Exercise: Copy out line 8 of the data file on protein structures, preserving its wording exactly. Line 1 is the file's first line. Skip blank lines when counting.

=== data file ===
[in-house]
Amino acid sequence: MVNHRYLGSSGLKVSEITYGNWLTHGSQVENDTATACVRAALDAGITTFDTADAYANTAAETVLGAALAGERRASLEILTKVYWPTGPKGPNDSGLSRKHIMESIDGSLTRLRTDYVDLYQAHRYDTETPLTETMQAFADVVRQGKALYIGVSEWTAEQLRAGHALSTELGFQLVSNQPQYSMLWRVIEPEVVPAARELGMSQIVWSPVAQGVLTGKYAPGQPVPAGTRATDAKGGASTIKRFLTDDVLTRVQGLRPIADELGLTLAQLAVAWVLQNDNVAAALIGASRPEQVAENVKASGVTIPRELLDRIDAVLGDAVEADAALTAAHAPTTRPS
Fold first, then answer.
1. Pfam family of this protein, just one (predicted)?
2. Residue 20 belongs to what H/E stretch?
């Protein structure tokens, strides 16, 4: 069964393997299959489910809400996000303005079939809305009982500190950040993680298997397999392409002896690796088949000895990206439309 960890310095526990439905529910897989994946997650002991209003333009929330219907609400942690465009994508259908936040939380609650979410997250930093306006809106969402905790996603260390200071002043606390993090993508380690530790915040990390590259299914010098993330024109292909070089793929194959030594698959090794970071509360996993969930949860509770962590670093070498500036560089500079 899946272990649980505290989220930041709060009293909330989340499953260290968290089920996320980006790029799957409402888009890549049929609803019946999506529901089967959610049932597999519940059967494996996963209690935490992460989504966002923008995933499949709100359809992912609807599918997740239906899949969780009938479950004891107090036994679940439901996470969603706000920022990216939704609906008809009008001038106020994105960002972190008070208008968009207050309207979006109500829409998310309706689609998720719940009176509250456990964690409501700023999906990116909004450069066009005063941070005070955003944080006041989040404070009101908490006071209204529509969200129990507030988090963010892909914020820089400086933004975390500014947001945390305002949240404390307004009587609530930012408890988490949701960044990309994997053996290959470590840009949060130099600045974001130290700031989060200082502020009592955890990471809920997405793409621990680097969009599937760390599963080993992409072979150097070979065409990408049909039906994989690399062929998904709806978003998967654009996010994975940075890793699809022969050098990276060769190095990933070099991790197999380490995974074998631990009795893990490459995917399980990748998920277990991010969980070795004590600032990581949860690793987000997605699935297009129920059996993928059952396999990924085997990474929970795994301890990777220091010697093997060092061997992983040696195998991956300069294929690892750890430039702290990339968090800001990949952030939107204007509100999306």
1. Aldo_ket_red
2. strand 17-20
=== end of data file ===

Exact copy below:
2. strand 17-20